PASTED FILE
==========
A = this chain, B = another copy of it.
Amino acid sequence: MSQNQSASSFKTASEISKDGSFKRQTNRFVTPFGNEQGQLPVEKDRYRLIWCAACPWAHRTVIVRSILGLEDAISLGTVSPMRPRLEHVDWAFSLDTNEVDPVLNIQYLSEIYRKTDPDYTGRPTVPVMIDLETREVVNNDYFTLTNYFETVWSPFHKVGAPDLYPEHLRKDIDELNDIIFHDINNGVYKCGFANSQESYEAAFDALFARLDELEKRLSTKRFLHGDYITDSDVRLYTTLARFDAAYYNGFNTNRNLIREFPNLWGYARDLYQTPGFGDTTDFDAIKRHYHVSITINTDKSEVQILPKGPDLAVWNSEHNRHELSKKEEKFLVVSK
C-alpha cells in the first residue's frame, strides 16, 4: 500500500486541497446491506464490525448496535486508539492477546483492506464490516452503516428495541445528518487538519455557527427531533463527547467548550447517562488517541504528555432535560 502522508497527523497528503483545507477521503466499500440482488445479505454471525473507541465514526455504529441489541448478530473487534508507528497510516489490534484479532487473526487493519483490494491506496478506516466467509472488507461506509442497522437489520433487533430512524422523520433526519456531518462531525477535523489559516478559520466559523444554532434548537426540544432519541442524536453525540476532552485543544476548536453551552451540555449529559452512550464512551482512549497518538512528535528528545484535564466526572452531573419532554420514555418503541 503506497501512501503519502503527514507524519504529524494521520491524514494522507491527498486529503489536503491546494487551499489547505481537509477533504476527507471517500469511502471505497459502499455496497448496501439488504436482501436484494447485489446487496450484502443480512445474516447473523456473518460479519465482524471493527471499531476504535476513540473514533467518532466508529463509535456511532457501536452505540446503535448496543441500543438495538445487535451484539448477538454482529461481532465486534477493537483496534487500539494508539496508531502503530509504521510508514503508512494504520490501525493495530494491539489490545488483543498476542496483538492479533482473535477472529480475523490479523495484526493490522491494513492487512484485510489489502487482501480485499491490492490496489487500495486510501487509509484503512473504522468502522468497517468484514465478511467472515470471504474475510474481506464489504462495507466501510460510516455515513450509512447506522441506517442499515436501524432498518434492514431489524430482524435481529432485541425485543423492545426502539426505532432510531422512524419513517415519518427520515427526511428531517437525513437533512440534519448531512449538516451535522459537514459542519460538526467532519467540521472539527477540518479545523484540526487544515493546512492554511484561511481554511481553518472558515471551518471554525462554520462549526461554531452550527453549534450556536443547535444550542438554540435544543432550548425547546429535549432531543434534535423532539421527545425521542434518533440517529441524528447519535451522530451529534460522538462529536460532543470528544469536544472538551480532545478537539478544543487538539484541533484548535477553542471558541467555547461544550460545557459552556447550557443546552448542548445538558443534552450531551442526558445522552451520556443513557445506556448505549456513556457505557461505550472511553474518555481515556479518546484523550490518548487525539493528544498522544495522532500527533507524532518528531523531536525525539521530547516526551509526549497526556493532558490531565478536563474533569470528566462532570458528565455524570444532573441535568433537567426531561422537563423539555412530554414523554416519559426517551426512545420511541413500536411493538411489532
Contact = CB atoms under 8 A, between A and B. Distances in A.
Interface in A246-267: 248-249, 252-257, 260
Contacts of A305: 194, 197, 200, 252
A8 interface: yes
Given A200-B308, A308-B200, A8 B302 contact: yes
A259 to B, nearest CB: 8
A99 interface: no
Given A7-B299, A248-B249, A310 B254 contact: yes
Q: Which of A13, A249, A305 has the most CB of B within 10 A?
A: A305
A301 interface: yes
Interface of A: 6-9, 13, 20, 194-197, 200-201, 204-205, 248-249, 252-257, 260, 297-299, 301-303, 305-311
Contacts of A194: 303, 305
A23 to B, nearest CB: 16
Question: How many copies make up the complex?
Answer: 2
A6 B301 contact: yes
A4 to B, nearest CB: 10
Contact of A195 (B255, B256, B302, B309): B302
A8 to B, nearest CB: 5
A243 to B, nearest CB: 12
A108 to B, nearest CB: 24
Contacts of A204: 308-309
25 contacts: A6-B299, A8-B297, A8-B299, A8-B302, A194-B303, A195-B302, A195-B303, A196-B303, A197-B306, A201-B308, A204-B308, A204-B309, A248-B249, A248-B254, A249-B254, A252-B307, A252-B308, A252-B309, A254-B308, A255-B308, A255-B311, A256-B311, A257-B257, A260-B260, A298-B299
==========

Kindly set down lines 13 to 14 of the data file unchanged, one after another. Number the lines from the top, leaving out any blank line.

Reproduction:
A: A305
A301 interface: yes